We’re only halfway there

Fifty years is a pretty long time. That’s 18,250 days. Minus the dependent age from zero to twenty, we’ve clocked over 10,000 days as adults. If we spend half that time sleeping, that’s more than 5,000 days, enough to go round the world 62 times, Verne’s way.

A friend’s mum said that we go through four perspectives of life and death.

0-21 years – Unafraid to die. Don’t understand or care about life and death.  Often challenging death. Feels invincible.

20s & 40s – Quietly fearing death. Career or business building up. Responsible for loved ones. Becomes precautionary.

50s & 60s – Empty nest. Starting to feel pains and aches. Harder to lose weight or heal. Some hit with long-term illnesses. Wonders about euthanasia and wills before senility takes over.

70s onwards – Staying alive on tablets, pills and visits to doctors. Friends are leaving or gone, so is memory and other abilities. Waiting for the time to go.

But wait. That’s the view of the older generation.

According to a BBC article, we’ve only reached middle age. A generation ago, middle age was 36 when the average lifespan was in the 70s. Now, it is predicted that boomers-turn-centenarians will fill the earth. That’s frightfully alarming, isn’t it?

But let’s not fret over this too much or we’ll just be counting the days till the sun stops burning.

Main thing to note is that ageing in the 21st century is very different from a generation ago. 50s is the new 30s now. We have another 25 or more good years to take charge of our lives. We’ve got to start planning and stop resigning to the old concept of retirement.

It’s still possible to pursue your dream, no matter how ridiculous you think. For example, if you dream of being a doctor or lawyer, it only takes about 5 years to get qualified. So if you start at 50, you can still practise before 60 and continue for another 10 or more years. I know someone who has done it.

At our age, it isn’t about losing sleep to make more money. It’s about adding more meaning to our lives and to the people around us. And in the course of it, staying connected and engaged helps us to be positive, interesting and independent.

Imagine if we live to be 100, that’s still another 50 years to go. It’s up to us to make them awesome or worrisome years. But nothing’s guaranteed anyway, so make the best of our time while we can, of our health while we still have it. Being young is a state of mind.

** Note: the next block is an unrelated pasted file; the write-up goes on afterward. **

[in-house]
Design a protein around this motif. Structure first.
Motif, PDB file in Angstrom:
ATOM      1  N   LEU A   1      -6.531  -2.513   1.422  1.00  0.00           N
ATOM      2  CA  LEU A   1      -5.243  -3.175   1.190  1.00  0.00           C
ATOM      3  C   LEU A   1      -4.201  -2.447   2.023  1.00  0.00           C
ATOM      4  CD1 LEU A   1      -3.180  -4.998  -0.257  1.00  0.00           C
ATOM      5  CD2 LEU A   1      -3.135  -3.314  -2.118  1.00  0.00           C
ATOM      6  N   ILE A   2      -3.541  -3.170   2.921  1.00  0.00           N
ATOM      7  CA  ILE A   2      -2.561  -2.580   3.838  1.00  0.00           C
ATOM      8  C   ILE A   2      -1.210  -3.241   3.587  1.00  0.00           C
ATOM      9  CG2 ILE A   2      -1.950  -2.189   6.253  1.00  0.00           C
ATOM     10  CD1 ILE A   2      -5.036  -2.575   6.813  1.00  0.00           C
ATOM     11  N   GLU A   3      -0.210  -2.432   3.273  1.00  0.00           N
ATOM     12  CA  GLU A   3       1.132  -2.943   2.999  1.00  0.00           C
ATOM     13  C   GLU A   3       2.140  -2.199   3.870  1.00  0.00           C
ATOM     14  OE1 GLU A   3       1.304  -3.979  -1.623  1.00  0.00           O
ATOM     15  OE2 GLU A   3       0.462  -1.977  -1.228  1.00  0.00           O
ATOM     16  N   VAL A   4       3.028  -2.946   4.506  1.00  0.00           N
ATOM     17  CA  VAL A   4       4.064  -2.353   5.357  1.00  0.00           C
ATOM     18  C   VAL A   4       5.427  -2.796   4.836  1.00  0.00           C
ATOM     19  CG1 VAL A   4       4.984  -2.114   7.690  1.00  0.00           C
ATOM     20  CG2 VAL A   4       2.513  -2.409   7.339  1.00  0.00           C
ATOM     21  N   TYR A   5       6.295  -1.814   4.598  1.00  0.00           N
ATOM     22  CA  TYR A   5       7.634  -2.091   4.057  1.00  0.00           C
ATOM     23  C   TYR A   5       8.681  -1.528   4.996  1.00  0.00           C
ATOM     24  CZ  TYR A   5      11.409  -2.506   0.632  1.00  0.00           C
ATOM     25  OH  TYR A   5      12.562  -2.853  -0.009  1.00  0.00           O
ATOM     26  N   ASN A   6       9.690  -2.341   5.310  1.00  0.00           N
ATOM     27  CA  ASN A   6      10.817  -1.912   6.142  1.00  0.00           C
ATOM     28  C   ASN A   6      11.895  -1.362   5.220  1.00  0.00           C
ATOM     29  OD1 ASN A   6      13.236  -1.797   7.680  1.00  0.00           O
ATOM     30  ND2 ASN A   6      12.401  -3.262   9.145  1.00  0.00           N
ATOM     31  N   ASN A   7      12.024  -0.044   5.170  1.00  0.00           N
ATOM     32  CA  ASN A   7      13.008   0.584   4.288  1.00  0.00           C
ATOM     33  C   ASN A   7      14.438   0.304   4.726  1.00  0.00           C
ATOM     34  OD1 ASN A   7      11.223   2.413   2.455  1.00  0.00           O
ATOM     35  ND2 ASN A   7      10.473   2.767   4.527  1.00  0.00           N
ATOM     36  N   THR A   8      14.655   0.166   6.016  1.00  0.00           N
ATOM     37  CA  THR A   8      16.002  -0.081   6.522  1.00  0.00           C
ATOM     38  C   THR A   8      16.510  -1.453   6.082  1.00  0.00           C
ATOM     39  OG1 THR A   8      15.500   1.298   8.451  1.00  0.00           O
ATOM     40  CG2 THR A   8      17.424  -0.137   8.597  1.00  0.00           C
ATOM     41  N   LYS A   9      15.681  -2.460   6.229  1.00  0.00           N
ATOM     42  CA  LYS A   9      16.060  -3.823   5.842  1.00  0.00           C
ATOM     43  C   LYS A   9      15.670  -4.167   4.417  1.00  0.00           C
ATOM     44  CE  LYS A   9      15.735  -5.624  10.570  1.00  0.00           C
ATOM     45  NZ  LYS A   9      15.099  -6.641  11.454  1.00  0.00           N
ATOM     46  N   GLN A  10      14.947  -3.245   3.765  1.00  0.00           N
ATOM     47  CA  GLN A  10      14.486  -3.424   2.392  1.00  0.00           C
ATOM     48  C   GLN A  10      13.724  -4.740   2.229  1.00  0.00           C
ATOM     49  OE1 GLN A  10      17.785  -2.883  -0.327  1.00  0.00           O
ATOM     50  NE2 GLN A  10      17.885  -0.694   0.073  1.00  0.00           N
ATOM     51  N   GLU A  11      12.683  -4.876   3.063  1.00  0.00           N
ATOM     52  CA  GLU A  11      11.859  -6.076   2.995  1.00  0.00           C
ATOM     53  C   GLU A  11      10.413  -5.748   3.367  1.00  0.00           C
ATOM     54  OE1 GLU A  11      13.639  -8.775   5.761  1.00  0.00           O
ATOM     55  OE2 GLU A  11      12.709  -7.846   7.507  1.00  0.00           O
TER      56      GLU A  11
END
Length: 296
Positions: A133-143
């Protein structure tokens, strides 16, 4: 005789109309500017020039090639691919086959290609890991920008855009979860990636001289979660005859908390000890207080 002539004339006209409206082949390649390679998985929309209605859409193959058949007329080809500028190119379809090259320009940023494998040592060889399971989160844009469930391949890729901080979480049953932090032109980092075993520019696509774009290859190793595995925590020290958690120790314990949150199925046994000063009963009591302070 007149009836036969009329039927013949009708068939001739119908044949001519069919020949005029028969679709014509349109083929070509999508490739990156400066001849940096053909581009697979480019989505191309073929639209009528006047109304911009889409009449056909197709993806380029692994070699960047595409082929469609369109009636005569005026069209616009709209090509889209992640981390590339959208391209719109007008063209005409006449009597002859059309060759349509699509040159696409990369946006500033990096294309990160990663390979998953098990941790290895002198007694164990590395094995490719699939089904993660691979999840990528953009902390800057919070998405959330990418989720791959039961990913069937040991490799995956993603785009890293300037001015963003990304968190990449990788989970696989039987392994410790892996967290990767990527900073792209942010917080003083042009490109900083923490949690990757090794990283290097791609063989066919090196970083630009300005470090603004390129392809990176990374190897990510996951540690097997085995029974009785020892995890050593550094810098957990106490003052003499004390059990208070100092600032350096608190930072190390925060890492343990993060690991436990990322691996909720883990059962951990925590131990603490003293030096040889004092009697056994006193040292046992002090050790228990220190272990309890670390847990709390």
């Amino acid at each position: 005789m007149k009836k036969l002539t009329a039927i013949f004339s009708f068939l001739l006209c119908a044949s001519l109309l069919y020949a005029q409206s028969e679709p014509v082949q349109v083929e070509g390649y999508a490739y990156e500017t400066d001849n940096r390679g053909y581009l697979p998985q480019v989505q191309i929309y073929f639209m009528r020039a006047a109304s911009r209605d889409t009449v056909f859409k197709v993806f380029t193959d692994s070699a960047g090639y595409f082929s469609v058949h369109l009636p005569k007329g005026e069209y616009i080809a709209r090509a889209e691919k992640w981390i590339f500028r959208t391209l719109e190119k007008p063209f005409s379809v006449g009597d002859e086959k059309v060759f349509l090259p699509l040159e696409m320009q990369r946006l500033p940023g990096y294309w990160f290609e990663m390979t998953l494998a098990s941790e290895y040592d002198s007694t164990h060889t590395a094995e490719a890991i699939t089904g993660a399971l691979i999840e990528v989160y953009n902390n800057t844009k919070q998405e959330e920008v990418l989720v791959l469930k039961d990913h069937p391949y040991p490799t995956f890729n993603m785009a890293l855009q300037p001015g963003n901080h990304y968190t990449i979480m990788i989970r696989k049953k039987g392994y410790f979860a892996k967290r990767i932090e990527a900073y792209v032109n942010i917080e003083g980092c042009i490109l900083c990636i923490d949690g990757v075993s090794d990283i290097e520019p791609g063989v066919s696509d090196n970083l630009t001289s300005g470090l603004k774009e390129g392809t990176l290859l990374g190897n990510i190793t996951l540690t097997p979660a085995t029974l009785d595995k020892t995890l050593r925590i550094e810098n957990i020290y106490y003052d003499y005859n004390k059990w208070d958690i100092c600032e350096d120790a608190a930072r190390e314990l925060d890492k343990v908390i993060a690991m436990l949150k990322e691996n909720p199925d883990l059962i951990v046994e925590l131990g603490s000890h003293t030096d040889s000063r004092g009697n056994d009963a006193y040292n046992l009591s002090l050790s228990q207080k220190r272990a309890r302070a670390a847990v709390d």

2 thoughts on “We’re only halfway there

  1. Good wake-up call. My friend Linda said that when she was turning 50 — “I’m only halfway there!” The important thing is to stay healthy.
    To do this, I follow Harry’s Rules, from a book I read about exercise for women – it’s posted on my fridge as a reminder:
    1- Exercise 6 days a week for the rest of your life. [Walk instead of drive, whenever possible. Swim everyday. Yoga 5 days a week.]
    2- Do serious aerobic exercise four days a week for the rest of your life.
    3- Do serious strength training, with weights, two days a week for the rest of your life. [Two of my fitness classes combine weights with aerobics – killing 2 birds with one stone!]
    4- Spend less than you make. [Easy to do if you’ve been brought up Chinese.]
    5- Quit eating crap! [I’ve long gone off fast foods. It just takes too much time to cook it myself. Luckily we have a culinary academy here – and I have my mom who still prefers to cook her own meals.]
    6- Care. [It’s the aloha spirit here in Hawaii.]
    7- Connect and commit. [Thanks to social media, email, Facetime, Skype, VOIP, and fast internet — it’s possible]

  2. I feel about as young as I did when I was 40 yo. I choose to work only half-time so I cam play on the boat or ride my motorcycle. I still make about as much money but it took me twenty years to set it all up.   Thank you Joan Yap for reminding us that our future is exactly that ,, it’s still ahead of us!   Thinking of you Lonnie


Leave a Reply

Fill in your details below or click an icon to log in:

WordPress.com Logo

You are commenting using your WordPress.com account. Log Out /  Change )

Google+ photo

You are commenting using your Google+ account. Log Out /  Change )

Twitter picture

You are commenting using your Twitter account. Log Out /  Change )

Facebook photo

You are commenting using your Facebook account. Log Out /  Change )


Connecting to %s